Why JUCO isn’t just about baseball, but is also about community

It’s quite a view from the highest level of that new tower over the center stands at the Stocker Stadium/Suplizio Field complex in Lincoln Park.

While the new facilities have hosted Colorado Mesa University and high school games and graduation ceremonies since being completed a few weeks ago, they’re getting their first real workout this week with the Alpine Bank Junior College World Series, or JUCO.

It wasn’t just the scenery I was thinking about while looking out the floor-to-ceiling windows during the Grand Junction Lions Club luncheon on the hospitality level last week. Nor was it the opportunity to share a table and some infrequent but welcome conversation with JUCO honchos Jamie Hamilton and Bruce Hill as they and leaders of other community groups accepted checks from proceeds of our annual Lions Club Carnival.

What struck me was the symbolism — that the new tower that’s now one of the visual focal points of our community really signifies just how much JUCO has become ingrained into our local identity since folks like Dale Hollingsworth, Jay Tolman, Bus Bergman, Hurst Otto and their contemporaries struggled to pull off that first tournament more than a half century ago.

While those early tournament organizers couldn’t envision what JUCO has become, the new stadium centerpiece is a dream that might not have happened without the foundation their early work established.

From the git-go, JUCO was about community partnerships and cooperation. Businesses, local government, schools and the college, service clubs and many others provided the structure that allowed the tournament to grow and succeed.

Along the way, the handful of dollars leftover at the end of that first JUCO multiplied into hundreds of thousands of dollars the tournament pours back into community projects every year.

If you read the JUCO insert in last Friday’s Daily Sentinel, you know that same community spirit went into the stadium construction project. 

I remember, as a City Council member back then, when the JUCO committee first came forward with initial plans for the much-needed overhaul of the central stands between the football and baseball fields. There was no doubt the work was necessary. But making a project a reality with what I remember was first proposed as a $14 million price tag just wasn’t in the financial or political cards back then, for a variety of good reasons.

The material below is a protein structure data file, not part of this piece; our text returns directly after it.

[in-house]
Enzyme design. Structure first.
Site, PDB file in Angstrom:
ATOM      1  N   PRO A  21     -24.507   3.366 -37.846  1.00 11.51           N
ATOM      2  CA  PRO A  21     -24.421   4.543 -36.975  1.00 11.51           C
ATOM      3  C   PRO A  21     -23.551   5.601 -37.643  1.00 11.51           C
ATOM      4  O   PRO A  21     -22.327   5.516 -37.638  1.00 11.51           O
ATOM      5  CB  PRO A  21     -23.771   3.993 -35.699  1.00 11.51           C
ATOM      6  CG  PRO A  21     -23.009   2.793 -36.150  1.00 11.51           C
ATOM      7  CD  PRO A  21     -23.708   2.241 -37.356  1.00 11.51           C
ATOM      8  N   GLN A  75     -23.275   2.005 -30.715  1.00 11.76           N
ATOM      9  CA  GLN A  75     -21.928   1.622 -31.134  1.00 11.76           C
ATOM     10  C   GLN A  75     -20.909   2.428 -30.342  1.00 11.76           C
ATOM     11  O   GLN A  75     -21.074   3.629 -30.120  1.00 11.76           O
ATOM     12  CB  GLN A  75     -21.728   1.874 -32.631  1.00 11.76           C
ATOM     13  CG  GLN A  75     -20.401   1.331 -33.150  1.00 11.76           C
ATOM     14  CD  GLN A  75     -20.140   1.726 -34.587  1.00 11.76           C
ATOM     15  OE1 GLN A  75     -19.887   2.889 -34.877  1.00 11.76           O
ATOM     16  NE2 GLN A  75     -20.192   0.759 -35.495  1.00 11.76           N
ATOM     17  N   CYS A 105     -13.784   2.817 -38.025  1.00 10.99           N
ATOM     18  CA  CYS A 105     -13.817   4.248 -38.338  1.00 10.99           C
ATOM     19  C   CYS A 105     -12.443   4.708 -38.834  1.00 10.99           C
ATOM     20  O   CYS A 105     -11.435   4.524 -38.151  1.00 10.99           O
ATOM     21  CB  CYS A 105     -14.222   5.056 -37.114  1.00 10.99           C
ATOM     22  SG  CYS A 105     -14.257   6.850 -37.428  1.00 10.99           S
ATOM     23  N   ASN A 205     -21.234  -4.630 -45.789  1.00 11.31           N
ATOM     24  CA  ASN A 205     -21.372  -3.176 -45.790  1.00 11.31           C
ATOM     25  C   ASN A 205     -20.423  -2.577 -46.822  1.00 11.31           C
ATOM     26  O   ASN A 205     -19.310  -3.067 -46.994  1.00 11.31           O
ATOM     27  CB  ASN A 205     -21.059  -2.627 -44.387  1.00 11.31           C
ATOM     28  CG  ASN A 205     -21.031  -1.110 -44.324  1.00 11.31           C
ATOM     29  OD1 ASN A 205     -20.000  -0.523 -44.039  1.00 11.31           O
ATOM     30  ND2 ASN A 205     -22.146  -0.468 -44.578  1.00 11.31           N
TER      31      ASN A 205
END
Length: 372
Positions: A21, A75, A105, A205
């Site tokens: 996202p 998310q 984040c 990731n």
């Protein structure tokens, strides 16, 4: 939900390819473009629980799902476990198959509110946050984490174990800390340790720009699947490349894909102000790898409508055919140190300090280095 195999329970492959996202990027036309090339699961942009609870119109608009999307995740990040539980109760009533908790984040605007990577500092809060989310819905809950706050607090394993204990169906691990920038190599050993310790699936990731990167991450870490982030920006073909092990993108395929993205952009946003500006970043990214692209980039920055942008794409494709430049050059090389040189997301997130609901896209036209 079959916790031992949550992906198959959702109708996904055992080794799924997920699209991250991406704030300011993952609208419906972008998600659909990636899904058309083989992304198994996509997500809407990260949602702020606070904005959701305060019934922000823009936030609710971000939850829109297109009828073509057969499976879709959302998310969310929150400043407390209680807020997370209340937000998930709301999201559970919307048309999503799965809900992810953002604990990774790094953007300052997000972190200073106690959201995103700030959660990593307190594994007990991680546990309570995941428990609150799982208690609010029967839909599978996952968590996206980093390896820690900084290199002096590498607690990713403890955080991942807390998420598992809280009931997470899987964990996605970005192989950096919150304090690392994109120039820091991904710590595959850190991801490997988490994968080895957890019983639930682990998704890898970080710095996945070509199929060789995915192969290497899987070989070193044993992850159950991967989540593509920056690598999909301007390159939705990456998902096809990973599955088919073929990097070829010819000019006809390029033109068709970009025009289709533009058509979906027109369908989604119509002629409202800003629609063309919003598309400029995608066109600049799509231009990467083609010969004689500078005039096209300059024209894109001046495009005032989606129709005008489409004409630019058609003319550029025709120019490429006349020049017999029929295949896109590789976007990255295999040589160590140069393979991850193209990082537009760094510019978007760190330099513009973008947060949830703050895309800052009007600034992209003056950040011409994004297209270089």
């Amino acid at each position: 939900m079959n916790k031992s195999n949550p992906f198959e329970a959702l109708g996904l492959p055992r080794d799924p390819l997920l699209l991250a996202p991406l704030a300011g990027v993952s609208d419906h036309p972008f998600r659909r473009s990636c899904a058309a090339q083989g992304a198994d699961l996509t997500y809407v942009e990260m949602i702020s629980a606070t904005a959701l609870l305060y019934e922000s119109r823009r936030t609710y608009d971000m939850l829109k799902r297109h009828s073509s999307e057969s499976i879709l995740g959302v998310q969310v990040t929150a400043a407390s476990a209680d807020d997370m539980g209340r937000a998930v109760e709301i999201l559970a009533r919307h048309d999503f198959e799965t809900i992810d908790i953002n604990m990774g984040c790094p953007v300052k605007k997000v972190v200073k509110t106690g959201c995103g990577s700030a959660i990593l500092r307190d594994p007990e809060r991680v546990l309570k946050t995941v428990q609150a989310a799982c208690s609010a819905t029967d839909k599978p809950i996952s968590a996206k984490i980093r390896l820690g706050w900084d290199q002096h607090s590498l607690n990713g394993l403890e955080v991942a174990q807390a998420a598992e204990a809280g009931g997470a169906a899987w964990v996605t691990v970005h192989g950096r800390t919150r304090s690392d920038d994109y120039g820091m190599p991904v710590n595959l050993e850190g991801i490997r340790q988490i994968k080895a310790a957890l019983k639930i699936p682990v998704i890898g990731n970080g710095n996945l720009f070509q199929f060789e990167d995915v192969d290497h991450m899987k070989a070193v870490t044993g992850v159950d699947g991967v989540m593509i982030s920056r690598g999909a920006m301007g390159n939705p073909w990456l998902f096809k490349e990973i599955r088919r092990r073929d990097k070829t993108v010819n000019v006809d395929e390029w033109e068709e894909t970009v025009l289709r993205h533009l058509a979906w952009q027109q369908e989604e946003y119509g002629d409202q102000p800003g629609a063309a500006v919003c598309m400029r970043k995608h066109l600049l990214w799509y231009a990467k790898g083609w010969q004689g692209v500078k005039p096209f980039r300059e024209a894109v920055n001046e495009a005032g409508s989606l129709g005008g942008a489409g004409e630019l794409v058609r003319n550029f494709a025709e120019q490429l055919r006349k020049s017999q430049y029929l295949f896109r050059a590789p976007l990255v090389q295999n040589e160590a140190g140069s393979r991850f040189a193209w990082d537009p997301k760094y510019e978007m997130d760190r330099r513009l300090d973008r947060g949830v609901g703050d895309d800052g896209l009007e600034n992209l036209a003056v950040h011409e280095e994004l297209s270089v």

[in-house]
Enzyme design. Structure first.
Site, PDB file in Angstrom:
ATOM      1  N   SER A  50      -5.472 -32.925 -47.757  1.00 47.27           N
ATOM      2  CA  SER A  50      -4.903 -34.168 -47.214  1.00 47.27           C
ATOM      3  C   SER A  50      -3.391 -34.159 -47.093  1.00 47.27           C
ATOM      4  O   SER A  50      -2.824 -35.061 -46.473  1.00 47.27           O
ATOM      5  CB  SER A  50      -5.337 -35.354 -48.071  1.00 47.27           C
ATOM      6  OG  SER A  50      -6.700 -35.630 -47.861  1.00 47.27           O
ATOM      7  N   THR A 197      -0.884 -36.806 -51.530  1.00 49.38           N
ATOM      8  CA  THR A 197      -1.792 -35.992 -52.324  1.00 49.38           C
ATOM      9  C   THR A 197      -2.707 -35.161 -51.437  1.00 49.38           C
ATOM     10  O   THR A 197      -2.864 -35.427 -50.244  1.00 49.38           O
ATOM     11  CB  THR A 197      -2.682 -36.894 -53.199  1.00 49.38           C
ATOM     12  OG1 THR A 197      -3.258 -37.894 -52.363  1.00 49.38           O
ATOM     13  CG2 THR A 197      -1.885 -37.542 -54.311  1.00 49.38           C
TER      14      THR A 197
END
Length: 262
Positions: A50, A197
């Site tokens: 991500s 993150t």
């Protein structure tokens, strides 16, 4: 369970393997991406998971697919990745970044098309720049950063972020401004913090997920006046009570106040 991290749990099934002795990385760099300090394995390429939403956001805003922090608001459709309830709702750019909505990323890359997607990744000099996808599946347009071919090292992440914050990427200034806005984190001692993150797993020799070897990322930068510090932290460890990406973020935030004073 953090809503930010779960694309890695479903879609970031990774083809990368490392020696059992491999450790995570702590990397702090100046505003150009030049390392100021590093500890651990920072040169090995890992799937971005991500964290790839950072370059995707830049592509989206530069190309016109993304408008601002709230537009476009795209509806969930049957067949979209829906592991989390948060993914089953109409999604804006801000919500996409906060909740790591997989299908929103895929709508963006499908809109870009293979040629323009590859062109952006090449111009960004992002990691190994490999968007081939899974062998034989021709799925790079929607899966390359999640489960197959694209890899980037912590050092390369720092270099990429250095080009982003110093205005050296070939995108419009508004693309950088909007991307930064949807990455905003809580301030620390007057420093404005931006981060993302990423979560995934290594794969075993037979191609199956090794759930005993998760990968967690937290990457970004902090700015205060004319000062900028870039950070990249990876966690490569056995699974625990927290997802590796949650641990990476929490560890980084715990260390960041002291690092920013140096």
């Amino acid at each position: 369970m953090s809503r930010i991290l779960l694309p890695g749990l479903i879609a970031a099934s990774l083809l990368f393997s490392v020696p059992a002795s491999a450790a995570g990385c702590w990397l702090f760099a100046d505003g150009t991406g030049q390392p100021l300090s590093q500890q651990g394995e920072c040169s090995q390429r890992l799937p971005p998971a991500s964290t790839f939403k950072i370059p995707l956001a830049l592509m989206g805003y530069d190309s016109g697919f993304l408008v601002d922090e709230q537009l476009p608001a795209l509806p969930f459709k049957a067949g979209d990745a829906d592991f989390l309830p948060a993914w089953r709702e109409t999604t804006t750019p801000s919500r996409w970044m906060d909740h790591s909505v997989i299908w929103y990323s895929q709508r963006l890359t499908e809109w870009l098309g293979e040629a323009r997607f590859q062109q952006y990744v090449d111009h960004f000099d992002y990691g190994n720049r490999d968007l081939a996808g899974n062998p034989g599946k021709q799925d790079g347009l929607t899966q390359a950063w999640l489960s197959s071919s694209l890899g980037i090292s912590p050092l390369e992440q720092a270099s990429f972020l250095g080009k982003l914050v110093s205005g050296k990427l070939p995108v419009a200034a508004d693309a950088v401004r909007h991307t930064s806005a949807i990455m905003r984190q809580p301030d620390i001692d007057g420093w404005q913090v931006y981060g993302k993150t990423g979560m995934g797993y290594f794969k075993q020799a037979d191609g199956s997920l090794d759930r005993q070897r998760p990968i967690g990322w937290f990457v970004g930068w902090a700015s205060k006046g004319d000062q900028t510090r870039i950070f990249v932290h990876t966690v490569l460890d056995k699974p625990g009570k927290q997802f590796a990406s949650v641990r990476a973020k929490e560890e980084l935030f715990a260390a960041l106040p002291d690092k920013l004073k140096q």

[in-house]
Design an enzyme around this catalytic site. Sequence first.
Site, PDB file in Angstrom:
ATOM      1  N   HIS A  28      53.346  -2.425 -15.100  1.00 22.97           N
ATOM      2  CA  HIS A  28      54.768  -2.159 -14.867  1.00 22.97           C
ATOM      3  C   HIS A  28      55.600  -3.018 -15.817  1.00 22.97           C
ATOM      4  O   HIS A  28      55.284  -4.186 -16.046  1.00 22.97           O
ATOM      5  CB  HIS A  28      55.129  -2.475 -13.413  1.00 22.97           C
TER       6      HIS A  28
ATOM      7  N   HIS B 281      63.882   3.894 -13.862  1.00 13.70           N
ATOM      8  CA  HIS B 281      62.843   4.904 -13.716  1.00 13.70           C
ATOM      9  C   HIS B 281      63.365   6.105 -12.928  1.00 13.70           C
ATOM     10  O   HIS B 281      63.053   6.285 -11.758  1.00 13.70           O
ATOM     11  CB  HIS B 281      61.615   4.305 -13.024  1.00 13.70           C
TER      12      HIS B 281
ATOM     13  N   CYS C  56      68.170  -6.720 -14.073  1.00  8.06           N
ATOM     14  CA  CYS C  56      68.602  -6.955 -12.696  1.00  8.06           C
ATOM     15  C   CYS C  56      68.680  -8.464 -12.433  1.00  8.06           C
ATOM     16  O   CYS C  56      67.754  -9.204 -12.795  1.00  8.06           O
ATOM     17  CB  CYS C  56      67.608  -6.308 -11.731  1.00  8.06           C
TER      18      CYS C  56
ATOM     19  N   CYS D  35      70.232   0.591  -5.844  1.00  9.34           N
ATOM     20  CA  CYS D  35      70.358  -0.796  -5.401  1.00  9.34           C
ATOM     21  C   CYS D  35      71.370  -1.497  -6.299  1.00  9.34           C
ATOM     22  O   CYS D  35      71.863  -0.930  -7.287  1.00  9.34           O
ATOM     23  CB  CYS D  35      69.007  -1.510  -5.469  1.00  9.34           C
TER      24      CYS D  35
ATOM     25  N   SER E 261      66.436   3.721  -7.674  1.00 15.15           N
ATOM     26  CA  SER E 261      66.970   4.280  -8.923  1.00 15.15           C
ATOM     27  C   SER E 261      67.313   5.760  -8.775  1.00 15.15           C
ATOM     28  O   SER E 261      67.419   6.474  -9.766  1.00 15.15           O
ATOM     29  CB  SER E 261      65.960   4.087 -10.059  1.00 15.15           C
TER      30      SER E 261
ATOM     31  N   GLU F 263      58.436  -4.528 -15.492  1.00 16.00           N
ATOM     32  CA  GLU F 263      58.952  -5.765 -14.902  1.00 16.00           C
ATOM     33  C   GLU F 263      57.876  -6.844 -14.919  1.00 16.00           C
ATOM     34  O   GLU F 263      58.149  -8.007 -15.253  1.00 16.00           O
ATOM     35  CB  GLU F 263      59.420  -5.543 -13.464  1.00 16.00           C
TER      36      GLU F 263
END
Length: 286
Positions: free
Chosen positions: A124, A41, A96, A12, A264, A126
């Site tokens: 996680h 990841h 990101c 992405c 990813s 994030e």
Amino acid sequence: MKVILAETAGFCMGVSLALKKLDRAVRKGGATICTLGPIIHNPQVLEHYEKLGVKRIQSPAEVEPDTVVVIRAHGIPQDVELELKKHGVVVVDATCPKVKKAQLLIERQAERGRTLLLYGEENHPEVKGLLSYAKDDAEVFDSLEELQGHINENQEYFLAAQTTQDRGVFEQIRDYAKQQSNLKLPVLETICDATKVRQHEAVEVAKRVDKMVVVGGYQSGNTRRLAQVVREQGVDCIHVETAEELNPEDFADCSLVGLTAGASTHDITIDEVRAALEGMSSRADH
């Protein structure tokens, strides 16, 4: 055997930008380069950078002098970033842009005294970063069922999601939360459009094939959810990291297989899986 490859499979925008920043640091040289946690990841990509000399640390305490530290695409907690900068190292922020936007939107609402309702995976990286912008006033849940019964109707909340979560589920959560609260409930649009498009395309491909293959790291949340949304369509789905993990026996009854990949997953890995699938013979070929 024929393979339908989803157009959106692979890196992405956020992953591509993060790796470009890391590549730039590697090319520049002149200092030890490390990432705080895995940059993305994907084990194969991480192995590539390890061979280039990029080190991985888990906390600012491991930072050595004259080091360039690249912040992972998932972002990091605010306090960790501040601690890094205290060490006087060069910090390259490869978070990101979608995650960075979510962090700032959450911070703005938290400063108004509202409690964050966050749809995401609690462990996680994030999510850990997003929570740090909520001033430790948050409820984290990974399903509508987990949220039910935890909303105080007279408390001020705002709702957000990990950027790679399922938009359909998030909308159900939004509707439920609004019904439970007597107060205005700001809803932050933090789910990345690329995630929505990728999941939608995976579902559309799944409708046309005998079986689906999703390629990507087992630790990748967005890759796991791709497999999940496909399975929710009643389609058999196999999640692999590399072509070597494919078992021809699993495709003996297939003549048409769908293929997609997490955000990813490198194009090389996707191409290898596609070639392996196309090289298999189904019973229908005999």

But here we are, enjoying new facilities this week because of the spirit of JUCO.

Like Sam Suplizio, “Mr. JUCO” before him, Jamie Hamilton is a perpetual optimist. (Though, unlike Sam, Jamie will be handicapped in calculating attendance figures because part of the stadium project involved finally establishing a firm count of available seating, a number about one-third lower than Sam used to justify announcing “record” attendance after most tournaments.) 

In Jamie’s mind, the stadium project never died, it was just delayed. Ultimately, a tougher economy and revised designs cut construction costs in half, a long-term commitment from the JUCO to keep the tournament here made financing possible, and numerous foundations, community organizations and individuals contributed to complete the necessary funding. 

As a result, we collectively own another outstanding community asset, one that will be enjoyed far into the future by generations of high school and college athletes and graduates, their families and supporters, the new minor league baseball team that’ll be housed there, and organizers and attendees at many other events.

I’ve said and written over the years, JUCO is a community social event where baseball games occasionally break out. You’ve read about the all-hit, no-field benchwarmer who wormed his way back into the dugouts as a team host so his now 25-year-old son could be a bat boy and about our favorite team, the San Jac Gators. Those events happen during the ten days around the Memorial Day weekend.

Then there are the other 355 days every year when the partnerships forged around JUCO remain active and benefit all of us, one way or another, in ways that have nothing to do with bats and balls, hits and runs, peanuts, popcorn or Crackerjacks. Let’s take some time to celebrate that this week, along with rooting for our favorite teams, enjoying the fireworks and relaxing in the comfort of the newest addition in Lincoln Park.

Grand Junction native Jim Spehar has enjoyed Lincoln Park as a sub-par teenage athlete, a parent, a spectator and a public official. Your comments are welcome at .(JavaScript must be enabled to view this email address).


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